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Tuesday evening rapper Kid Cudi posted on social media about his battle with depression and suicidal thoughts. In a Facebook post, Kid Cudi details his decision to check himself into mental health treatment. This admission marks a drastic change in the conversation about Black mental health, especially for men.
In his post, Kid Cudi mentions that concept of shame which seems to have been a barrier for him to access treatment in the past. It’s also what Kid Cudi cites as the reason he is only now beginning to speak out about his emotional issues. It seems that his internalized ideas of Black masculinity serve as a barrier for him in owning his own emotional experience. It is this idea that prevents many of us from seeking the support that we need, particularly in the Black community.
Most of the conversations about mental health in the Black community, in my experience, reinforce the idea that all things can be overcome by sheer willpower. While this supports one’s autonomy, it also creates an environment of isolation. For those with mental health issues, it is this isolation that can be so dangerous. This seems to be the case with Kid Cudi’s recent revelation.
Many Black men suffer in silence when it comes to mental health issues. The veil of the hyper-masculine ideal keeps us from seeking the support that we need to overcome life’s challenges. Cultural stigma around therapy and psychological problems is a huge barrier for Black people in accessing support. It is this stigma that affects our ability to recognize the challenges and emotional reactions that we experience on a day-to-day basis. To appear acceptable and hold fast to our idealized view of Black masculinity, many of us push down any and all feelings.
The pressure to present as cool, tough, or indestructible is stifling for Black men and other men of color. Of course, this is also true for many different racial ethnic groups. But for Black men in particular, the pressure to present as strong pillars in the Black community in the face of racism and systemic oppression leaves little room for vulnerability and tenderness. This pressure is detrimental to Black men’s mental health. This is something that Black men struggle with, especially in this postmodern era of race relations. In the wake of police violence against men of color, and Black men in particular, there are a barrage of Facebook posts and social media mentions about the impact on Black lives. In my experience, more often than not, the reaction focuses on the anger about this violence. But as Kid Cudi expresses in his post, it’s so much more difficult to talk about the pain and vulnerability that exists underneath.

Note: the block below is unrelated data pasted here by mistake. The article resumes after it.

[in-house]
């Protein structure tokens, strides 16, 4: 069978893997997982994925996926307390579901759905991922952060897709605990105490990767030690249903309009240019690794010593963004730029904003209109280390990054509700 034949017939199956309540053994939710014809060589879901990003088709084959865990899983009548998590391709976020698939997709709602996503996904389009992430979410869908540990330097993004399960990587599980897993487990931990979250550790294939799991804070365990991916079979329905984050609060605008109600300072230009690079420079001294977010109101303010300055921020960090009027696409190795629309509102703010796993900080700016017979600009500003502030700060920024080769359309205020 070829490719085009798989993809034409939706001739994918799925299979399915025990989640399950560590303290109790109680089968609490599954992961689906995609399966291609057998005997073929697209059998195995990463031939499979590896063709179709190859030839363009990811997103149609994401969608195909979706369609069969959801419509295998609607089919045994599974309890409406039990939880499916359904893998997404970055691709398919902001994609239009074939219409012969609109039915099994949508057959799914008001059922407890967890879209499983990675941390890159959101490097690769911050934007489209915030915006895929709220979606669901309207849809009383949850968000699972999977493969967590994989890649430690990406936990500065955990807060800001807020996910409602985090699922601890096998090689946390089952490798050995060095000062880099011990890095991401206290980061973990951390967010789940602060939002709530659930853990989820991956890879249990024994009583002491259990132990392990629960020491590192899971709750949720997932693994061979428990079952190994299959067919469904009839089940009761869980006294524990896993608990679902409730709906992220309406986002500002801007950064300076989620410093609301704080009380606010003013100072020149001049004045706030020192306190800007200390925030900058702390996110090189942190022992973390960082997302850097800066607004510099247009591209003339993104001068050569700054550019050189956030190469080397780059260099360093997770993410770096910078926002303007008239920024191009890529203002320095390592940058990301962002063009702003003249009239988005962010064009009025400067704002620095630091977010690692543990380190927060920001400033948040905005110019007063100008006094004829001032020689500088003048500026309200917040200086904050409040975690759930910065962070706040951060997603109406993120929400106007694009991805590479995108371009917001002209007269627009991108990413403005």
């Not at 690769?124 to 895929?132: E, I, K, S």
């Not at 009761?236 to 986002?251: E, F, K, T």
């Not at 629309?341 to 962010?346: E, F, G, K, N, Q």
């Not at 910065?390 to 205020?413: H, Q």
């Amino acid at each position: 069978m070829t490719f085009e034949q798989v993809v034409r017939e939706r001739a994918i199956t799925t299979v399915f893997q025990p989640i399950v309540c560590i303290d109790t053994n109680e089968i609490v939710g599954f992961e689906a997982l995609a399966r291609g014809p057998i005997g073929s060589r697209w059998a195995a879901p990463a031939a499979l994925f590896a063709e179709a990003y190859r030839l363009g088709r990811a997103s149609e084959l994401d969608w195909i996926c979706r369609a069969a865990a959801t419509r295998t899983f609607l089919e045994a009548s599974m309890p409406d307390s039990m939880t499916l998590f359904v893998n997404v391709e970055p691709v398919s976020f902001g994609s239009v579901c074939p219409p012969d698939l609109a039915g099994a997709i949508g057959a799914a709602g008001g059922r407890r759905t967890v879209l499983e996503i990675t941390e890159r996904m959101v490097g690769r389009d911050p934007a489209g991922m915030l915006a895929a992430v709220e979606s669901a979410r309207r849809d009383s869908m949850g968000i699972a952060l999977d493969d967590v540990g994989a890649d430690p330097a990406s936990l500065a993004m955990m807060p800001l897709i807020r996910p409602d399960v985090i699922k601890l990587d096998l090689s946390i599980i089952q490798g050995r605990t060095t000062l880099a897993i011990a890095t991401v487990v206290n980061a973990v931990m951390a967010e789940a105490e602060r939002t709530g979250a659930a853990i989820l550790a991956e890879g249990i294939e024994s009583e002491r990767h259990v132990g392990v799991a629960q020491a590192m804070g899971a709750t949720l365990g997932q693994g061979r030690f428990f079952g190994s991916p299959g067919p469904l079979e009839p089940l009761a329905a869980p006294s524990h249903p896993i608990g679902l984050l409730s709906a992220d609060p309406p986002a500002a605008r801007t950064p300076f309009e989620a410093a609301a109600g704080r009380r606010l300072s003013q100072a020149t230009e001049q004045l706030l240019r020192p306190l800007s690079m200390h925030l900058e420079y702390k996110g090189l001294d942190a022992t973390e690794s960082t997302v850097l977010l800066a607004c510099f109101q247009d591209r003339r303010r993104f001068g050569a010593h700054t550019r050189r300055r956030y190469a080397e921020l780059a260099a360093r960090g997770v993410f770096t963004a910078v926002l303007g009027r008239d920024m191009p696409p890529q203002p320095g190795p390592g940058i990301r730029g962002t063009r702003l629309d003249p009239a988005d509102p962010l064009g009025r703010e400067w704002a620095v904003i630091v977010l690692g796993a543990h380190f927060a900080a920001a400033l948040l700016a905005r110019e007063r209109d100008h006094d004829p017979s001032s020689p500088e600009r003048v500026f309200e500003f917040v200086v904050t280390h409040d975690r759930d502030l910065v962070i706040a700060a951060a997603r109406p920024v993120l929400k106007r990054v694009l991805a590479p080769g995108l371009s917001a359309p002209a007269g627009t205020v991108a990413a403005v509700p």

In response to Kid Cudi’s statement, the hashtag #YouGoodMan popped up on social media. This hashtag encourages Black men to talk about their challenges with mental health issues. In this space, Black men can find much-needed support to address their concerns about depression, sadness, anxiety and a whole host of other mental health concerns. All too often, these ideas never see the light of day. Today is a new day. Black men will no longer suffer in silence.
Kid Cudi’s revelation opens the door for other Black men to talk about the emotional issues they face. His statement about seeking help for his suicidal thoughts presents a model for other young, Black men to get help. He serves as inspiration for those who may be struggling with mental health issues and feeling like they have to fix or deal with these problems on their own. Kid Cudi has given himself a new chance at a happier life and by sharing his story, many more Black men may just do the same.
Source: 30dB.com – Kid Cudi and Mental Health
“Kid Cudi Social is with you. 88% positives with discussions about your strength in coming forward and bringing the issue to people’s attention. Let’s hope this attention brings about change.” – Howard K. 30dB
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